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Thursday, May 31, 2012

A is for Average


Don't take this entirely too seriously.  I saw the chart at Wm. Briggs, Statistician to the Stars! and followed it back to Gradeinflation.com but I did not dig into the data.

The average grades given for each year by a sample of 79 colleges over the past near-century. Data for the 1930s is sparse, being only about 8 colleges.  So it may also be that not all schools are present in all years, esp. in the early part of the graph.

Now here is a remarkable thing regarding infantile regression.  Take a ruler -- not a king, but a straight-edge -- and place it over the period of the 1940s.  You will notice two things:
  1. There is not a linear trend.  The 1950s bent down; there was a sudden shift starting in the mid-1960s, flattening out after the mid-1970s, and then climbing steadily since about the mid-1980s.  
  2. If you extrapolate from the 1940s, the red overall averages after 1985 falls exactly where your straight edge would have put it had the 50s-60s-70s roller coaster never happened!  'Sup that?
  3. A third thing is that a grade level gap opened up between private colleges and public colleges in the 1960s.  Either private schools like Harvard are easier graders than public schools like Ohio State or else the private schools began getting a smarter student body
That might be.  Prior to the 1960s there was no expectation that everyone should go to college so public and private were probably harvesting a similar crop of applicants.  As the great mass of average students sought college -- and a 2S Draft Status! -- they may have entered the public schools in greater numbers.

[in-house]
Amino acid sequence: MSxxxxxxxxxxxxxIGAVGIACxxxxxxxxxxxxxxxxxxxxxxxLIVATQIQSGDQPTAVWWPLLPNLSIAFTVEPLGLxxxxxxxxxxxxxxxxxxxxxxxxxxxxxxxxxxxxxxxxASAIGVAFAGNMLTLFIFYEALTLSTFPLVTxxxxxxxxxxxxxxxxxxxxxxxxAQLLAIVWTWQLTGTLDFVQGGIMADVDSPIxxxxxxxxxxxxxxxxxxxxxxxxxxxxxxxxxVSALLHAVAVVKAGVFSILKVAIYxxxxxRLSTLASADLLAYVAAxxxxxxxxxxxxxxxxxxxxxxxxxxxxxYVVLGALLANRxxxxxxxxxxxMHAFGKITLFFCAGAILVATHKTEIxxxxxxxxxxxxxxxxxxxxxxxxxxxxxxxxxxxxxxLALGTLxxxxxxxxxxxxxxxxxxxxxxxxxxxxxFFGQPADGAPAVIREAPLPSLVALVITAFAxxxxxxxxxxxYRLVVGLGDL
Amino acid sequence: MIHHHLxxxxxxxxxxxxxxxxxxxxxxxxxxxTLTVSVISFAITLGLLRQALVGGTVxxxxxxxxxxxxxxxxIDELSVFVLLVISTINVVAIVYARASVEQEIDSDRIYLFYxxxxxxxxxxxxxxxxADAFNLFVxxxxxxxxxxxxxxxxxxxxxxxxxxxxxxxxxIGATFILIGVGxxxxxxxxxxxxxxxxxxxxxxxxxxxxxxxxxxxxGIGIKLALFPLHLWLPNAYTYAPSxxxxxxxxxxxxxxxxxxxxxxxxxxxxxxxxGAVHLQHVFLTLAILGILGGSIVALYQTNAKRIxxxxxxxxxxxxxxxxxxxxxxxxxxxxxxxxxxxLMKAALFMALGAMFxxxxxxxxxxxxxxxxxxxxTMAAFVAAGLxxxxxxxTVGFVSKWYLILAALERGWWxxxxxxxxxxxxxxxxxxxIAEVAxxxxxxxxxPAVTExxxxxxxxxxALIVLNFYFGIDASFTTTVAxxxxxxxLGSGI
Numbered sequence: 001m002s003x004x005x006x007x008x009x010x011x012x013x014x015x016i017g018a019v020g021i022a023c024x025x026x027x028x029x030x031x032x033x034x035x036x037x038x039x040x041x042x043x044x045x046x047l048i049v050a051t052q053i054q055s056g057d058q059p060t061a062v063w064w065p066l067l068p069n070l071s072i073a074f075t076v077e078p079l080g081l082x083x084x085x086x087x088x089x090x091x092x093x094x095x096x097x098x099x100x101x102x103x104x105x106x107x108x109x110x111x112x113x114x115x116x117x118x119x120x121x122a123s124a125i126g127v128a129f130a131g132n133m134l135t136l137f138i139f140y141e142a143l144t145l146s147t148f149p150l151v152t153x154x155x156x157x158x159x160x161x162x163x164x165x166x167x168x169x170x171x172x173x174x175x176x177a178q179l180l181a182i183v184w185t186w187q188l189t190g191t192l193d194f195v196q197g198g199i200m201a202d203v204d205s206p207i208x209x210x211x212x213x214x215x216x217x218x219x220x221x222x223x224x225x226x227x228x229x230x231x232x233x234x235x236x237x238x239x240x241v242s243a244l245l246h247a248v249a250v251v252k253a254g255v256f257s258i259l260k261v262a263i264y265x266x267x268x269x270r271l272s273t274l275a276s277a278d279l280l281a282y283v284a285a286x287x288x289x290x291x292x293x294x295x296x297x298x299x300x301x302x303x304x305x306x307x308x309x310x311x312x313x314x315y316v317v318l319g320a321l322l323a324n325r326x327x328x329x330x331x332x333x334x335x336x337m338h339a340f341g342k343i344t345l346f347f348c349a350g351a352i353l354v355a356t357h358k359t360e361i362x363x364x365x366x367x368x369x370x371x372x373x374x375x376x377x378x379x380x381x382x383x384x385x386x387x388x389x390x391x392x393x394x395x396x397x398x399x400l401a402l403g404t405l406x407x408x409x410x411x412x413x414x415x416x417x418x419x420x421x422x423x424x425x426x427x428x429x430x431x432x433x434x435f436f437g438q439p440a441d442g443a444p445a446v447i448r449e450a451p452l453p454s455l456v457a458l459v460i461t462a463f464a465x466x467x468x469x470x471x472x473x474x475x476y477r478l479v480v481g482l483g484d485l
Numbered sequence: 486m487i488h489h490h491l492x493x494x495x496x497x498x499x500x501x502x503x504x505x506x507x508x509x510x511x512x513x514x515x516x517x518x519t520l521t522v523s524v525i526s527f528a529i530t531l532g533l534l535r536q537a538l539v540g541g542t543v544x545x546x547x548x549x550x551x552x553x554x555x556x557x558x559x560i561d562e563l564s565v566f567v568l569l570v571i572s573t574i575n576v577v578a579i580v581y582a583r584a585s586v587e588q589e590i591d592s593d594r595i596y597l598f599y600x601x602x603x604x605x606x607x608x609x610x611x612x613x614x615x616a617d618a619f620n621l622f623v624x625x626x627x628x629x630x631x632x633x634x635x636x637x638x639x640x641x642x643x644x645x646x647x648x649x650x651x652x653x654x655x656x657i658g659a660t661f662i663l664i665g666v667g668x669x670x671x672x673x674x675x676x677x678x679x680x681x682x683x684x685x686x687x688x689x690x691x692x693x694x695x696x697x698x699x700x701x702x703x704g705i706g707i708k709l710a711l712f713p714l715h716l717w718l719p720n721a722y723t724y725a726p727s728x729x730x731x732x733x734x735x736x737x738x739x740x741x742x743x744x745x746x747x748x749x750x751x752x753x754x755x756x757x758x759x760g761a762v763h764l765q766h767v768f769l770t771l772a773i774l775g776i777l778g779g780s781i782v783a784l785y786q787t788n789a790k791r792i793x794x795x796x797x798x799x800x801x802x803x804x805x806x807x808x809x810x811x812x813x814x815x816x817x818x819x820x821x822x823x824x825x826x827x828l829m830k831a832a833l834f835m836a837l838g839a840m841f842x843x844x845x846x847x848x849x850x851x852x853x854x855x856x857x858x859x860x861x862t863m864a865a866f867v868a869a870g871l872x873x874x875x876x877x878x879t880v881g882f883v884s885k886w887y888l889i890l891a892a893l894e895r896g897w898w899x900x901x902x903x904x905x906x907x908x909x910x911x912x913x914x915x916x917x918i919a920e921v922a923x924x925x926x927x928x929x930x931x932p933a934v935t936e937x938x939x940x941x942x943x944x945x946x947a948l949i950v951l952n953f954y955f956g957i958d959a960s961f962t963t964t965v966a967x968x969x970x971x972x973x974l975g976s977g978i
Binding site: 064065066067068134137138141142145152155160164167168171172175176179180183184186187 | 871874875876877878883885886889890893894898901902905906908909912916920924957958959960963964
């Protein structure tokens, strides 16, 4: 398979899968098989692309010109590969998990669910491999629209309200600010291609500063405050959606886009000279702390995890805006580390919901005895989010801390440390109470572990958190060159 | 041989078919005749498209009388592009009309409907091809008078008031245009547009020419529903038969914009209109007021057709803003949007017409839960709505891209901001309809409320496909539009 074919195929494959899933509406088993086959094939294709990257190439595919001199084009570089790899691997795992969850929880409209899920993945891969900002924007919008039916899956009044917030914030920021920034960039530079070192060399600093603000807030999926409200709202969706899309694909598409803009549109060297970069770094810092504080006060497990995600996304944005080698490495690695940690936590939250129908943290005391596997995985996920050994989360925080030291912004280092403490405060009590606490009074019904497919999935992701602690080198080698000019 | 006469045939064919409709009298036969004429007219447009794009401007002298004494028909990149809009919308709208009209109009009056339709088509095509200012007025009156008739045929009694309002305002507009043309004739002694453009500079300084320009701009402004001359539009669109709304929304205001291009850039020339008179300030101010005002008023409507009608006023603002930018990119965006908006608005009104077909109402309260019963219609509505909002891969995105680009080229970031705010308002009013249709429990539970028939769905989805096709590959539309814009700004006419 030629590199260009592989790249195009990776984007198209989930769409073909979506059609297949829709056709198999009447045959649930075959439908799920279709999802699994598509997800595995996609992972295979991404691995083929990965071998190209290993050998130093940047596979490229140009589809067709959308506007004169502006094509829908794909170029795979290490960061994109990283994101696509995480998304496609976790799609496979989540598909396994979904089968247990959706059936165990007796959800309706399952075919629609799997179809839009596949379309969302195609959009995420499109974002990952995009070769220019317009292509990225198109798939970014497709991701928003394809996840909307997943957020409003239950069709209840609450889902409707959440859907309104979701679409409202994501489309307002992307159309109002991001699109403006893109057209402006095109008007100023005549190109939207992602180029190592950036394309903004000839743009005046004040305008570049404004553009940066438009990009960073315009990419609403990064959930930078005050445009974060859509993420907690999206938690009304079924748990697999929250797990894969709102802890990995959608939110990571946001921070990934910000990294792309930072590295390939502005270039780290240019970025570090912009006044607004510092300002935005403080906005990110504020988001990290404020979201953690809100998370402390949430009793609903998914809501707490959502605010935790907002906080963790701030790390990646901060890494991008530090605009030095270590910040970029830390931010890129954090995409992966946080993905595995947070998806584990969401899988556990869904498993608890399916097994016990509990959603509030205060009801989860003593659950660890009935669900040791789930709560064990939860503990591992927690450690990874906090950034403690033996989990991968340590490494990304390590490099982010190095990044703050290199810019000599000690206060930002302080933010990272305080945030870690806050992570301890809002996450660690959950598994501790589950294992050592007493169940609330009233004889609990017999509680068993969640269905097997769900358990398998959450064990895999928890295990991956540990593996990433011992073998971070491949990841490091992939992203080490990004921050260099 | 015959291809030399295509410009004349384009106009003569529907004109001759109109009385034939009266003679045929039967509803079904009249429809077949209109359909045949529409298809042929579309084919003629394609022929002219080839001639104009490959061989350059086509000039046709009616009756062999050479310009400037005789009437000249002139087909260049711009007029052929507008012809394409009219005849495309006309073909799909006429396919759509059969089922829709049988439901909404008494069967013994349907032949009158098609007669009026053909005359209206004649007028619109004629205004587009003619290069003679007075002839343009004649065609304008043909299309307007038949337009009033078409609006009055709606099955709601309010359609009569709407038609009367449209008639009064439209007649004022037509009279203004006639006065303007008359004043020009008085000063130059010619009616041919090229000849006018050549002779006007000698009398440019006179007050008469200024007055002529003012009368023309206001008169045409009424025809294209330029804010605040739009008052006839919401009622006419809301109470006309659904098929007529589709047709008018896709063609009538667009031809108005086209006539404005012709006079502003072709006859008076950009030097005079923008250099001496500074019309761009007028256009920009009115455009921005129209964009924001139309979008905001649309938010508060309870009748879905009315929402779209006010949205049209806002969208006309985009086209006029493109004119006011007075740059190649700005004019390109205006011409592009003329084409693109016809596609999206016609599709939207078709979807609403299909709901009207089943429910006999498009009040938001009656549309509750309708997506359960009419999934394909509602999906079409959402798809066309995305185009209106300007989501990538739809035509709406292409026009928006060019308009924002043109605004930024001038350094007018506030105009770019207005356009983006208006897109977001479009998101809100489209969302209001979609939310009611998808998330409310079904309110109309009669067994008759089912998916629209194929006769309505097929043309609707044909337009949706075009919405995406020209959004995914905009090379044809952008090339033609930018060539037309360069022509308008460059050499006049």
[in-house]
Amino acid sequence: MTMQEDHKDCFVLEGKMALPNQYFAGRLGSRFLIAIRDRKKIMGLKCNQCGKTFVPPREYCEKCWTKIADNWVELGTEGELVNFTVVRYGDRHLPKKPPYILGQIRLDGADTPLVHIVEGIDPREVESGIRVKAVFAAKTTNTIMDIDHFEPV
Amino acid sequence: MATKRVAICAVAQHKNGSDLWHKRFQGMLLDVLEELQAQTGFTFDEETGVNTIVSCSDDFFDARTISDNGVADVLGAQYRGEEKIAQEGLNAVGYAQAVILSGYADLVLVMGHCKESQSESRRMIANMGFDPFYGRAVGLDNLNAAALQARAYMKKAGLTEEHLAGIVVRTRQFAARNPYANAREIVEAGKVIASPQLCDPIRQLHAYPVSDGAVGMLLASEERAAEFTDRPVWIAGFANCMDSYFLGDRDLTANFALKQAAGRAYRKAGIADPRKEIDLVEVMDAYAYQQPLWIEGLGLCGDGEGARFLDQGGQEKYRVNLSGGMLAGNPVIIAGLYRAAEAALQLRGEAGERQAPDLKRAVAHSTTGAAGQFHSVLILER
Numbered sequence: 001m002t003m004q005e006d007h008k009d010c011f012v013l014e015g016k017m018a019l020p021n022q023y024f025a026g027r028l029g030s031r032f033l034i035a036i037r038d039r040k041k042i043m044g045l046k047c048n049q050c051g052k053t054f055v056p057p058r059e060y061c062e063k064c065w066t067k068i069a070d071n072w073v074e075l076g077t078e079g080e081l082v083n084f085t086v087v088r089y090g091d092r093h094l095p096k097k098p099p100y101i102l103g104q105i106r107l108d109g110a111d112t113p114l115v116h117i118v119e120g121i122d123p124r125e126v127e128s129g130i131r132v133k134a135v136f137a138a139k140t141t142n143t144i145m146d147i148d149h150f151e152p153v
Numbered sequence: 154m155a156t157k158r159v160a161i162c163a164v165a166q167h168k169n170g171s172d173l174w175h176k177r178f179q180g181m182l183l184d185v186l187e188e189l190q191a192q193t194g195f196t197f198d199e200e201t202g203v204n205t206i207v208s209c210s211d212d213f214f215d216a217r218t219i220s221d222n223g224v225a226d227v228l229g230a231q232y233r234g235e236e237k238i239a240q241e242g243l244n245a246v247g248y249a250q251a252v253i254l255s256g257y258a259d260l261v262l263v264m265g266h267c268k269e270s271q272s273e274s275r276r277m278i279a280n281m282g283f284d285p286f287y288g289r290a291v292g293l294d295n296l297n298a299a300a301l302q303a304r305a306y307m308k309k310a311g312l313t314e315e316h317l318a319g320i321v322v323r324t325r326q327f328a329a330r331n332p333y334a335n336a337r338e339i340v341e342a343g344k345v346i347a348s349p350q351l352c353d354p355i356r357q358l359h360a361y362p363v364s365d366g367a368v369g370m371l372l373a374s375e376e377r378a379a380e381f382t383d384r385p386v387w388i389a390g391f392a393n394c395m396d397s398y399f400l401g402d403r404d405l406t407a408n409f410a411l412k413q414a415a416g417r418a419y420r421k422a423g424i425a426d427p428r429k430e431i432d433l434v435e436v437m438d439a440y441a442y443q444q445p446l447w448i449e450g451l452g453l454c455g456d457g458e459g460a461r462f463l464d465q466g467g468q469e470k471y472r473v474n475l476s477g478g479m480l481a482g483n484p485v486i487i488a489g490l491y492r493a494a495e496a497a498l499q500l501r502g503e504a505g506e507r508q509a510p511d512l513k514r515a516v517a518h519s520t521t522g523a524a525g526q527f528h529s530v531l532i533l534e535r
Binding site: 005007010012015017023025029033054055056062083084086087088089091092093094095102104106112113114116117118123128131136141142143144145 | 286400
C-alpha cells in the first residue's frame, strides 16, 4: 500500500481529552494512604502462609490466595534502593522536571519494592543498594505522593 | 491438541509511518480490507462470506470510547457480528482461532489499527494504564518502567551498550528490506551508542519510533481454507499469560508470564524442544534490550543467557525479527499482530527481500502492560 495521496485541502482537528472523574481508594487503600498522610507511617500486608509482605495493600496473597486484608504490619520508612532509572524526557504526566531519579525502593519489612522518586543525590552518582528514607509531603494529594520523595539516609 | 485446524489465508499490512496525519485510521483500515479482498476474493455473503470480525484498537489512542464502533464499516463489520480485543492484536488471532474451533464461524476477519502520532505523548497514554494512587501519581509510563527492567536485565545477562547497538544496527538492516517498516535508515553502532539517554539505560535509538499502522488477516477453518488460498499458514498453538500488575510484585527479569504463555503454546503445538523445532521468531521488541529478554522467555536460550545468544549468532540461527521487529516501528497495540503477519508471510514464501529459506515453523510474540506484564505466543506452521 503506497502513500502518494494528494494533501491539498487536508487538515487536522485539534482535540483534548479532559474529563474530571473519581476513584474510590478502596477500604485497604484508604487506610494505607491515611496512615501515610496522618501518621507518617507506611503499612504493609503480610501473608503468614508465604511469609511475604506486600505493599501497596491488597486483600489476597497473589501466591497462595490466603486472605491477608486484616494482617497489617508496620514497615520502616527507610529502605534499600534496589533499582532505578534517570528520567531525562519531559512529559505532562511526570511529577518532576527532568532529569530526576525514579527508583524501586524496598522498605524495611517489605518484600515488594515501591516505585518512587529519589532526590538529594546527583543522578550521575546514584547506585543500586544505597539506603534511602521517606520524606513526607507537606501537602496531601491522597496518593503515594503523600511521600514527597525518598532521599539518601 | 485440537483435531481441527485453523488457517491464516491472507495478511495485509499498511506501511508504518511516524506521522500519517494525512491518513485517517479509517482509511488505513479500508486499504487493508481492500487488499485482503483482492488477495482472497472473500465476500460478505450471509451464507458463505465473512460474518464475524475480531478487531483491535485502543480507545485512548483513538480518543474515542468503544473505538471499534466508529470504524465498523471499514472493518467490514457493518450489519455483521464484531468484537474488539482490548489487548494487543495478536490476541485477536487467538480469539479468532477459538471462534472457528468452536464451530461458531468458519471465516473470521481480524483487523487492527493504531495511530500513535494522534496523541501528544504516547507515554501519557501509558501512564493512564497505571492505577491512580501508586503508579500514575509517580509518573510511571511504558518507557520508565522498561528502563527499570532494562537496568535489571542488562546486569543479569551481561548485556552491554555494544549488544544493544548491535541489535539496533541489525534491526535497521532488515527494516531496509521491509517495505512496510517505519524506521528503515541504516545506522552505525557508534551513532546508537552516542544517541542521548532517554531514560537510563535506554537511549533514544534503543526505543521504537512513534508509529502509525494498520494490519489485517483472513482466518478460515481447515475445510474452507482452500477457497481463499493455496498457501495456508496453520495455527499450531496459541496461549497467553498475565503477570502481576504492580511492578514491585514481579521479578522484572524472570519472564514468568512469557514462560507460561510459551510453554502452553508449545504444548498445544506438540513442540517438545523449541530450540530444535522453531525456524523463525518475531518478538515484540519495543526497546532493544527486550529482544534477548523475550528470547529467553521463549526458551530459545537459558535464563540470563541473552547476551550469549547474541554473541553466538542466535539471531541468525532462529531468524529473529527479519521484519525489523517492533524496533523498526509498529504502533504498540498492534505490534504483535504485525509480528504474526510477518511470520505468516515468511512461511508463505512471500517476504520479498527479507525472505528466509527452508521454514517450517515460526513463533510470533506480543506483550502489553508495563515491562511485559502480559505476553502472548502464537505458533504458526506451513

If pushed, or nudged with a sharp elbow, TOF might be inclined to say that, in addition to random variation and school-to-school variation (the gray dots!) there are two things happening. 
  1. Grade inflation, as marked by the trend in the 1940s and emerging again after the 1980s.
  2. A perturbation to the process that caused the system to "bounce around" before settling back on the underlying trend. 
Caution: The grade data will be serially correlated.  Two successive points are NOT independent and identically distributed variables (iidv).  In any two successive years, most of the professors giving the grades, as well as about 75% of the students earning them, will be the same.  Because two major factors in grade assignment (the profs and the students) are at least mostly the same from one year to the next, the outcome (average grades) are also mostly the same.  Faux-trends and -runs appear more often in serially correlated data than in iidv data. 
You can see the same sort of perturbation behavior in other data. 

US Birth Rates. The trendline is a sine wave coasting down an decaying exponential curve.  But in 1919 there is an icicle, because in 1918 the guys were off in France doing guy things.  Then in 1920-21, the rates spiked above the trendline as all the horny soldiers came home before in 1922 returning to just where the sine wave would have taken the rates had there been no perturbation in the first place.  A similar, though bigger dip-spike-normal patters holds in the years after Pearl Harbor.